Monday, December 5th, 2016

Facts there for all to see at water meeting

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Publication:Waukesha Freeman (Conley); Date:Jul 29, 2010; Section:Opinion; Page Number:10A

Facts there for all to see at water meeting

Scrima missed chance to present better alternative to Great Lakes water

When the city gathered Tuesday night to debate the water issue again, there was an expectation of fireworks. Instead it was more like a rainy Fourth of July. Even Mayor Jeff Scrima fizzled out at the end.

The front parking lot was full but the television trucks were absent. There were still seats to be had inside the council chambers, unlike when the Common Council debated building a stadium in Frame Park.

I counted 13 people speaking directly on the water issue, with the majority in favor of continuing the application process. One resident even wanted to build two pipelines to Lake Michigan because he didn’t trust Milwaukee and he wanted to keep the rates competitive. There was hardly a “mandate” on either side of the issue.

Meanwhile, the remainder of the 75 people in attendance could hardly stay awake during yet another recitation of the facts by Water Utility General Manager Dan Duchniak and the staff.

Alderman Paul Furrer livened the meeting up somewhat with an interesting reading of the letter to the Department of Natural Resources. I regret to inform the alderman he probably does not have a career ahead of him reading books for audio recordings. But it was useful for the audience members to know exactly what the council was considering.

Let’s give the aldermen their due. Despite there being very little that was new in Tuesday night’s presentation, they did their best to ask the questions that Scrima, his supporters, and a few others have been asking about the water application.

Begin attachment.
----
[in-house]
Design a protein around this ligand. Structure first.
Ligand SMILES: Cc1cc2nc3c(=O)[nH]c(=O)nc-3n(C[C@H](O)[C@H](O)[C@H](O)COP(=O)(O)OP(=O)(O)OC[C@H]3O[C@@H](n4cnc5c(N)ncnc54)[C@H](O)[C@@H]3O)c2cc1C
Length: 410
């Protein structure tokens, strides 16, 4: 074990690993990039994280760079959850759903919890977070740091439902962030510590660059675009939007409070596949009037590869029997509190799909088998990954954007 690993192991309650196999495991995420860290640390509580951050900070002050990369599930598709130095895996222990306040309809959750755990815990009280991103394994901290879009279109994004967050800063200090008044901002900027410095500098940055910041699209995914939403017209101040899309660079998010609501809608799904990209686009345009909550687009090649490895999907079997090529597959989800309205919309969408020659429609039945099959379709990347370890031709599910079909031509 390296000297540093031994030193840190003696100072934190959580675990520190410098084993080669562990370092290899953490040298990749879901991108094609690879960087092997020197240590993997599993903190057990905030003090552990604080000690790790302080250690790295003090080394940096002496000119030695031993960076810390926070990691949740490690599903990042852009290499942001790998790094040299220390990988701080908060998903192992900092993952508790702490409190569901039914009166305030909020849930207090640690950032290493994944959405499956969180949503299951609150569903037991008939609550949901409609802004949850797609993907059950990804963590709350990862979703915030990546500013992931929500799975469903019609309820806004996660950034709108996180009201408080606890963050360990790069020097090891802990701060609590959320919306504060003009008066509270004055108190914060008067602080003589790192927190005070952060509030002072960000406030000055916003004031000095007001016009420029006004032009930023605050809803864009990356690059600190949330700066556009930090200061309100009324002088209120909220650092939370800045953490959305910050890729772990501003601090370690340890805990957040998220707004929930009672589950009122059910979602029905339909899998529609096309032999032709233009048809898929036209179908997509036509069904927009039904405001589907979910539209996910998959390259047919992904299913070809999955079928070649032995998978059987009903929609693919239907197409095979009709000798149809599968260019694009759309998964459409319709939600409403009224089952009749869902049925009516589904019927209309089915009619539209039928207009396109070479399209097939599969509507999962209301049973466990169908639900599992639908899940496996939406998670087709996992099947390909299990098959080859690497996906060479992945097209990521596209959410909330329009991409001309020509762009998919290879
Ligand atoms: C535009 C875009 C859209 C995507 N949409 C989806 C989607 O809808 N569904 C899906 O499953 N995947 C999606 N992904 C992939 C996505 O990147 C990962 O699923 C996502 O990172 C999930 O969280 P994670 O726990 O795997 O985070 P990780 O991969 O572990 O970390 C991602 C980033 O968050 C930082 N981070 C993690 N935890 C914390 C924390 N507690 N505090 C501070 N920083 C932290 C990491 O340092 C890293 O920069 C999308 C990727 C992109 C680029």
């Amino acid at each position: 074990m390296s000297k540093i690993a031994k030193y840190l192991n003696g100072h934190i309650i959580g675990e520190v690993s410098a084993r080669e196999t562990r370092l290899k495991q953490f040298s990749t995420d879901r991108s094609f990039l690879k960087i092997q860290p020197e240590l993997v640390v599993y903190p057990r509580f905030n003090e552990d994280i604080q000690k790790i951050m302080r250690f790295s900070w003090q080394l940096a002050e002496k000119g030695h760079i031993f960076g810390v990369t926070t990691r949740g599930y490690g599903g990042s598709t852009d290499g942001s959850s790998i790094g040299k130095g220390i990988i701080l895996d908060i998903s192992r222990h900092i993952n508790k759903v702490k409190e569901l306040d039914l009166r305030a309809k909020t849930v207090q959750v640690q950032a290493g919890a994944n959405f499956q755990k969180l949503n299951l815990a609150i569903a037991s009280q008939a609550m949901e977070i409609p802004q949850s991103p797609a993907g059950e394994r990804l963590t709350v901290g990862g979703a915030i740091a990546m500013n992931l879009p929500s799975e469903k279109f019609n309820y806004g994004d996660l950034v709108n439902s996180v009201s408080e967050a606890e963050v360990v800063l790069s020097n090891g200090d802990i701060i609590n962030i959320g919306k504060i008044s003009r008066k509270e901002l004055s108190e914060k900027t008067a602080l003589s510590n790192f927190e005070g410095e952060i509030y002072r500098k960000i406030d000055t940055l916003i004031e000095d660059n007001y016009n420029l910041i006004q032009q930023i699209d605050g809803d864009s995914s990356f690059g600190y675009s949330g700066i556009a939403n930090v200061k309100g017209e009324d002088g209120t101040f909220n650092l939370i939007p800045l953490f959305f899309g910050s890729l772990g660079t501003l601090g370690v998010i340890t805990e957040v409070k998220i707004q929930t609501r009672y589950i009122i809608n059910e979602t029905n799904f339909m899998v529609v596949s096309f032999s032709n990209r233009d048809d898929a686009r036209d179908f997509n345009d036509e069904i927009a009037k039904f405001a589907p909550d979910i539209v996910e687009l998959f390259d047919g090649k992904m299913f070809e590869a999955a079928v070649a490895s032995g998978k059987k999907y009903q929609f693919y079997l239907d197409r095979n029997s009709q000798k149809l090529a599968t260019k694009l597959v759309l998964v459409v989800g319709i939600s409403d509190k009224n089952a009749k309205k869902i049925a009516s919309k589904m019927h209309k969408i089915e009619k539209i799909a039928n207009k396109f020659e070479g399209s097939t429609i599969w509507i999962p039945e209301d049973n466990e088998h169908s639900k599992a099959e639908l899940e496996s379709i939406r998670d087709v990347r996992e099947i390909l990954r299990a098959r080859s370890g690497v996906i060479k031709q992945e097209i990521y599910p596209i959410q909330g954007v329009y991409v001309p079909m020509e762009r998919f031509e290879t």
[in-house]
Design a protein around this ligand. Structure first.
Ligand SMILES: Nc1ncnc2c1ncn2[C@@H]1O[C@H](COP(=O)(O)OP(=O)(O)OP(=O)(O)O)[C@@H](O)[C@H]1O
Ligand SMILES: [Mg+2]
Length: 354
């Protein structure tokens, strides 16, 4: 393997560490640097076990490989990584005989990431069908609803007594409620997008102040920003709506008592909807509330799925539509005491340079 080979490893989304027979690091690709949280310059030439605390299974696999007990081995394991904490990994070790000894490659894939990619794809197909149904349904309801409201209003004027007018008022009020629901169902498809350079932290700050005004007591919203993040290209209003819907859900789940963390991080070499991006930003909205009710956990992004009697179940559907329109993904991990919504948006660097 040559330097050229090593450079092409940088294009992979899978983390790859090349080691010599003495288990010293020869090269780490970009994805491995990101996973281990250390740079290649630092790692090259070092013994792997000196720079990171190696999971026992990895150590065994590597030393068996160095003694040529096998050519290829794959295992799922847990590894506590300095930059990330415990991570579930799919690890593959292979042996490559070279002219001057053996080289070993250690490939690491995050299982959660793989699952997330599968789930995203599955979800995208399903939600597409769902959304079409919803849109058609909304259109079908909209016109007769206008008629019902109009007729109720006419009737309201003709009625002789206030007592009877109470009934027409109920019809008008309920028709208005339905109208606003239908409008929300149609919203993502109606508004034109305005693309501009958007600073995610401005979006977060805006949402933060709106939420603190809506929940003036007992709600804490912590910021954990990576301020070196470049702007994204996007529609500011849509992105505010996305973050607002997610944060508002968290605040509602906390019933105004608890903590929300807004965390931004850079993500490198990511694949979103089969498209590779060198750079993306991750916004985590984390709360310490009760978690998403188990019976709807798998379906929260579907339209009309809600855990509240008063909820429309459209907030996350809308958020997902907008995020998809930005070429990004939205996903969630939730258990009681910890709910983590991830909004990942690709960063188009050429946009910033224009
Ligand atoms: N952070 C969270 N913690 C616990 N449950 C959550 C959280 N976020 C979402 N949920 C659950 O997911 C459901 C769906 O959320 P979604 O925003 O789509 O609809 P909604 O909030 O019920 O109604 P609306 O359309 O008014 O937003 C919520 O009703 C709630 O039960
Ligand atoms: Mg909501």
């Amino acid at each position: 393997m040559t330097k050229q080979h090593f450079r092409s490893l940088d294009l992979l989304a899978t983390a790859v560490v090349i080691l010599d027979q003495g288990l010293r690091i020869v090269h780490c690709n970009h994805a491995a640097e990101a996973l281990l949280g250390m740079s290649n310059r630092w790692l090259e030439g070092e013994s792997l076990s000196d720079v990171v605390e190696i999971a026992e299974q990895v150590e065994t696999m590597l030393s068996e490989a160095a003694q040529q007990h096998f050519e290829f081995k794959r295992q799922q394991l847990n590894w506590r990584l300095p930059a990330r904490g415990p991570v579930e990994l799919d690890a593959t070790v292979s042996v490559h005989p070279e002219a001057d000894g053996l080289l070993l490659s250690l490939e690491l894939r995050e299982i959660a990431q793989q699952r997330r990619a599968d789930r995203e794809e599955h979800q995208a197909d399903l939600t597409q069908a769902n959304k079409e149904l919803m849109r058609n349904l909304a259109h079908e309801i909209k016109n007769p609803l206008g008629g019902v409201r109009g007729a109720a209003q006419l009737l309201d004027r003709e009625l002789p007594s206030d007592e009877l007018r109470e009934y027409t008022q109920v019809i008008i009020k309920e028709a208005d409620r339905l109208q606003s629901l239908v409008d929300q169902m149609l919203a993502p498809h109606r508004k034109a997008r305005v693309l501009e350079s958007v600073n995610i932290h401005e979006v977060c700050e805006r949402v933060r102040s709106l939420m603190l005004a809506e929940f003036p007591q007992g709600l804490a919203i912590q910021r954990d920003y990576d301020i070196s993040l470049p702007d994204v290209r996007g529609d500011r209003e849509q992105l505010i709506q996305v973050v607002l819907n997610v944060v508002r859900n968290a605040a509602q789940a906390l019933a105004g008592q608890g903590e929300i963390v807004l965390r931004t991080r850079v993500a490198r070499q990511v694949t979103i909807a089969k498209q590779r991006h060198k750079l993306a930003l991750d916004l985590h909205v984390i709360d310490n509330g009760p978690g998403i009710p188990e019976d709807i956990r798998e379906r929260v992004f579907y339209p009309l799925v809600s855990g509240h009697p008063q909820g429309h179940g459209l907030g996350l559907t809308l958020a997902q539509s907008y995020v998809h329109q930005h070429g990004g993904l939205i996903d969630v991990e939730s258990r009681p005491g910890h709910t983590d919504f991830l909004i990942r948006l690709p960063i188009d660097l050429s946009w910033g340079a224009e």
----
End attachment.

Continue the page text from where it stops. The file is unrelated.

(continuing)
The aldermen listened to their constituents who have been asking the council and the mayor to work together. On a unanimous vote, they amended the letter to keep the mayor as a point of contact for the Department of Natural Resources along with Duchniak. It’s probably a recipe for trouble.

Let’s give the staff their due. Despite having given this presentation over and over again (I don’t know why I keep taking the handouts), they did their best to answer each and every question from the aldermen. They explained why it was necessary to find an alternative source for water, and why the best option is Lake Michigan. They patiently explained to Scrima how the Public Service Commission sets utility rates in this state.

Even the city attorney was patient with his explanations to the mayor of parliamentary procedure (isn’t there a “Robert’s Rules of Order” on tape?), which brings up the night’s biggest disappointment.

During the question-and-answer portion, it was explained to the mayor that after all of the aldermen spoke he could speak by yielding the chair. When the aldermen were finished, the mayor attempted to speak on the issue, prompting the city attorney to explain it to the mayor a second time. Scrima announced that the parliamentary procedural move was “too complicated” and declined to speak.

Here was a chance for the mayor to explain to the entire city and the DNR why Waukesha should not apply for Lake Michigan water. Instead, the mayor decided it would be too hard.

I confronted him after the meeting, asking him if this meant that all of his questions were answered and that he had no further objections. The mayor told me that he had nothing left to say at the meeting after what he said during his questions of the staff, and that he would continue to speak to the press and individual constituents. He also said that there were things that he heard during closed sessions that still concerned him.

When this city debated building a new baseball stadium in Frame Park, the council’s vote effectively ended the issue despite the high passions on both sides and the record turnout at the council meeting.

The council and the rest of Waukesha deserved to hear what exactly Scrima was proposing as an alternative. Then it could have been debated and decided upon by the Common Council. That is how a responsible government is supposed to work. Instead, it looks like the mayor is just going to do his best to drag things out further.

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